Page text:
Why Does Hyperkalaemia Cause Cardiac Arrest?
Inputs by Dr. Sanjeevkumar Kalkekar, Consultant, Cardiology, at Apollo Hospitals, Navi Mumbai.
Hyperkalaemia arises when the concentration of potassium in the bloodstream goes above a certain limit, throwing the body’s internal pH balance out of the normal functioning. The chief causes of Hyperkalaemia are potassium sifting out of cells into the blood circulation, diseases of the adrenal gland, kidney dysfunction and medications.
One of the reasons why your internal pH balance is so essential is that many of the cells depend on a negative voltage gradient across their cell membranes to function as usual. That negative gradient is what makes it possible for the cell to respond to the hormones and other chemical messengers that tell it what to do. One of the ways cells maintain that pitch, is by adjusting the amount of potassium, a positively charged ion, inside the membrane in opposition to outside.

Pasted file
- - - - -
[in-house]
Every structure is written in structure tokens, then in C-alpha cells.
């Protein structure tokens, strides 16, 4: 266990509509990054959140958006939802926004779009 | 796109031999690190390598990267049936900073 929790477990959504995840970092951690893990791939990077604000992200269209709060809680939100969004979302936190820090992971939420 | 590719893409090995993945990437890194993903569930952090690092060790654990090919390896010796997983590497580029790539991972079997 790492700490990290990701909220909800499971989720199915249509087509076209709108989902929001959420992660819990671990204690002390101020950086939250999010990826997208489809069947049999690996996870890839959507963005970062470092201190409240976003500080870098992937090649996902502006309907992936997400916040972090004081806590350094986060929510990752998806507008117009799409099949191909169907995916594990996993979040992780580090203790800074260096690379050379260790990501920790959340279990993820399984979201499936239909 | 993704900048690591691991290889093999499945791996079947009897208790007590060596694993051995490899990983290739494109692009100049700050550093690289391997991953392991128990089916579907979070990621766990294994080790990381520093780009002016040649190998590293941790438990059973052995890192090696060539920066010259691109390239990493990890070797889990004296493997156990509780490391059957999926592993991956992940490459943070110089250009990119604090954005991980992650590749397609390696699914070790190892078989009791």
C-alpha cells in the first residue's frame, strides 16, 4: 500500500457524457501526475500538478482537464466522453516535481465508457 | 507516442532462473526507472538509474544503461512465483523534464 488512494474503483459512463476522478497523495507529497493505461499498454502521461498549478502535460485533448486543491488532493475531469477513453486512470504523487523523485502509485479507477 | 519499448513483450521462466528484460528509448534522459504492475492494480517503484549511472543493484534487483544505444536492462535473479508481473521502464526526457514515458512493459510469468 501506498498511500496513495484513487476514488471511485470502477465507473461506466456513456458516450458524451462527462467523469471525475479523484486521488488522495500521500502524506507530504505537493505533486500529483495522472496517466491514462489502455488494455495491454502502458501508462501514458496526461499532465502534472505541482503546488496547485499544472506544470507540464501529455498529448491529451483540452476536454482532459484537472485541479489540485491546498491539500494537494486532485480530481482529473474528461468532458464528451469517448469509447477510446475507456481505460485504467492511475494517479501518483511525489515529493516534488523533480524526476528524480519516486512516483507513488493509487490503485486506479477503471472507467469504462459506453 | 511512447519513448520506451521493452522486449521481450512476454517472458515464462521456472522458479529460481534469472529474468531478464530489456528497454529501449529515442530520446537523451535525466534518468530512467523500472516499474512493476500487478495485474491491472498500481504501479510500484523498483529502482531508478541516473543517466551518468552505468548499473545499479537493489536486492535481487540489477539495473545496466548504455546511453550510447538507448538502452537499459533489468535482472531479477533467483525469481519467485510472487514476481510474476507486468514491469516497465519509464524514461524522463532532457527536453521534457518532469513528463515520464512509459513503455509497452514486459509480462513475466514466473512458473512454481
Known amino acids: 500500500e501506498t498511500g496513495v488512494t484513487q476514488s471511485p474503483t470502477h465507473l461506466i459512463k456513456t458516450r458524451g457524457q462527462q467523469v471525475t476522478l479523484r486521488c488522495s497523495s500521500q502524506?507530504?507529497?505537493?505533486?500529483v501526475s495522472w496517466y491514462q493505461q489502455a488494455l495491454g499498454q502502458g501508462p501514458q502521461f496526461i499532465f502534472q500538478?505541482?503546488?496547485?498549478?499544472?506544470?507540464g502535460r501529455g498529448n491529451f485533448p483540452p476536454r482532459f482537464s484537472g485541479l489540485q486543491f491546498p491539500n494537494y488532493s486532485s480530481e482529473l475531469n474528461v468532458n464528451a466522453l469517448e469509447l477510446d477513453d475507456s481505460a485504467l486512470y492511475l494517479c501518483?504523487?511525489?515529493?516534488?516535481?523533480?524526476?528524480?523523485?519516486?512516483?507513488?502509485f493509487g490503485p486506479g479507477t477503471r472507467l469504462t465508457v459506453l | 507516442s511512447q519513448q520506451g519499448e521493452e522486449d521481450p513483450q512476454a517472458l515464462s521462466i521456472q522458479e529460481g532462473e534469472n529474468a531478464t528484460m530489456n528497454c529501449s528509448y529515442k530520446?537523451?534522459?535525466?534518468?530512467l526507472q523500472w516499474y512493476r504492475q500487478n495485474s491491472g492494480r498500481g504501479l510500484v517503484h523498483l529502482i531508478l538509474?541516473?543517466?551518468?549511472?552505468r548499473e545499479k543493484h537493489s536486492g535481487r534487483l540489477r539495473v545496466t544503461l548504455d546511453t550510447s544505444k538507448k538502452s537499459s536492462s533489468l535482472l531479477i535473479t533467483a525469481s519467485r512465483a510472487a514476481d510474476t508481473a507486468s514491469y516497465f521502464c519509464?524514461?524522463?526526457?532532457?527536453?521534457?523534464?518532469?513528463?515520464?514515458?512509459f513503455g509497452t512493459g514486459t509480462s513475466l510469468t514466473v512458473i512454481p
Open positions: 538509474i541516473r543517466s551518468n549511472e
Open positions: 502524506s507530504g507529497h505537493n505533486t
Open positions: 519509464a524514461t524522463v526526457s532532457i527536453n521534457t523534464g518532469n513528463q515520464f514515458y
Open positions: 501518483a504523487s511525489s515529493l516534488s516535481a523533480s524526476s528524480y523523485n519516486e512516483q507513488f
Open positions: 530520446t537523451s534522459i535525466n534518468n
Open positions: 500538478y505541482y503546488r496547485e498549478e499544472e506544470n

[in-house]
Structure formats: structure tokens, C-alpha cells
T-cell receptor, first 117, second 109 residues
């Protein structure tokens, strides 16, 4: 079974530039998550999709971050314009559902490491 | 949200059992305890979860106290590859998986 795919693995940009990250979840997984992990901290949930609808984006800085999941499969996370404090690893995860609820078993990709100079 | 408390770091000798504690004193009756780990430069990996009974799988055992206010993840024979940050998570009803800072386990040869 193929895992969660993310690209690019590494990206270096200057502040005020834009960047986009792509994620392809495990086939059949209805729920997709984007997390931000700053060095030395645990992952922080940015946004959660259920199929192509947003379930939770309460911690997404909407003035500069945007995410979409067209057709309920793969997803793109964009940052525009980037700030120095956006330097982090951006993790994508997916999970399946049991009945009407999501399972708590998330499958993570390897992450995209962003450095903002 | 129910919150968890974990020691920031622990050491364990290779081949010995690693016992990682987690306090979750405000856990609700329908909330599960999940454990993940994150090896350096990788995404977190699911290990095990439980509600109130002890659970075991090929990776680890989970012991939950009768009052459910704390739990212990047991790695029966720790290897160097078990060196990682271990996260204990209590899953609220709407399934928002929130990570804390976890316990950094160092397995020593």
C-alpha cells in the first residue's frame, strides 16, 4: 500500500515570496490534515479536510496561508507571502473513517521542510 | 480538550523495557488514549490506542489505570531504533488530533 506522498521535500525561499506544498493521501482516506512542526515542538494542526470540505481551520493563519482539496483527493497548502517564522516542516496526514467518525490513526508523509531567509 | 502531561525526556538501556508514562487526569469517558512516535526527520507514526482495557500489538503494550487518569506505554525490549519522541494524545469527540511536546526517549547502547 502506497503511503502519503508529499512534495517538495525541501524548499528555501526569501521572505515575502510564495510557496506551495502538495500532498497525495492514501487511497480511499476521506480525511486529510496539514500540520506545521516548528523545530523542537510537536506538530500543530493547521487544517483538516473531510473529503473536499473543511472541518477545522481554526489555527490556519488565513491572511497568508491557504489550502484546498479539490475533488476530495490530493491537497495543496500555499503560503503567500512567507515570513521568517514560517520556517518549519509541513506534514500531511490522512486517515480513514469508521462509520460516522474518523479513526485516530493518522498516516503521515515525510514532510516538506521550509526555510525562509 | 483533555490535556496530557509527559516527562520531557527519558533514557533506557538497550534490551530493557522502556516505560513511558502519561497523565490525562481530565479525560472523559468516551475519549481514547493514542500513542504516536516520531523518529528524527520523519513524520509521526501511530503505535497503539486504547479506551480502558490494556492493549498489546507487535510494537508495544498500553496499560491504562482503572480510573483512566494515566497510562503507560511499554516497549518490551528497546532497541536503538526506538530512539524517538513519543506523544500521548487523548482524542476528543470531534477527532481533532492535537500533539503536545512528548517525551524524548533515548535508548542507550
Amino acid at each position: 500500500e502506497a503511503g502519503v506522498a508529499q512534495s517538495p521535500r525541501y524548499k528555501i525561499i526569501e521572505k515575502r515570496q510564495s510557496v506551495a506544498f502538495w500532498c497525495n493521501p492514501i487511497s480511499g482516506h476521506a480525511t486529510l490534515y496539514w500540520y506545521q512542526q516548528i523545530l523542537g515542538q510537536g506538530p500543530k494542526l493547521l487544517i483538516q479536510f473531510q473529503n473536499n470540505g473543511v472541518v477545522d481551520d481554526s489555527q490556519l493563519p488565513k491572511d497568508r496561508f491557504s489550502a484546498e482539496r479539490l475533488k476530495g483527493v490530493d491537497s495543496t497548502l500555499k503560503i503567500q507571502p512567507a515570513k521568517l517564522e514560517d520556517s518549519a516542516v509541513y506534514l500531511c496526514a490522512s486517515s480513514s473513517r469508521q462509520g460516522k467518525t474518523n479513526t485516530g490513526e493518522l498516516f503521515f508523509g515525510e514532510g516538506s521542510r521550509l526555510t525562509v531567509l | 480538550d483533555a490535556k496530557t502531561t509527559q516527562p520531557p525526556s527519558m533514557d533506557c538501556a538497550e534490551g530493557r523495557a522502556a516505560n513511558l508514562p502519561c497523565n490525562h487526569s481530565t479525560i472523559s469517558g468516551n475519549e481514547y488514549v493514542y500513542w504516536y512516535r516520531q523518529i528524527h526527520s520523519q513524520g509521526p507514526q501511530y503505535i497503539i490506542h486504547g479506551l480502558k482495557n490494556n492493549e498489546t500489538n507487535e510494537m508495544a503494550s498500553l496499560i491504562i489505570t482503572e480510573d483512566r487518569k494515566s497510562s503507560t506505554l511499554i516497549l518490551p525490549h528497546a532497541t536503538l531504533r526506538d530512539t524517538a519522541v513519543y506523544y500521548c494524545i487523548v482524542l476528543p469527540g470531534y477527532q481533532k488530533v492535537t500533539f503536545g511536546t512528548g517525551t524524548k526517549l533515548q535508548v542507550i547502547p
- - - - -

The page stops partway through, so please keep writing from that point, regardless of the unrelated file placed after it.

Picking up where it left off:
If the potassium levels in the bloodstream get too high, the condition known as Hyperkalaemia, it hyperpolarizes the membrane, which changes the amount and type of signalling that activates cell activity. Any cells that rely on this signalling, such as the nerves, the heart, and muscle cells, start to go out of order and may cause Cardiac Arrest. Occasionally, when severe, it results in numbness, palpitations, muscle weakness, or muscle pain.
Different muscles in your heart may start contracting at different times; a condition called Arrhythmia.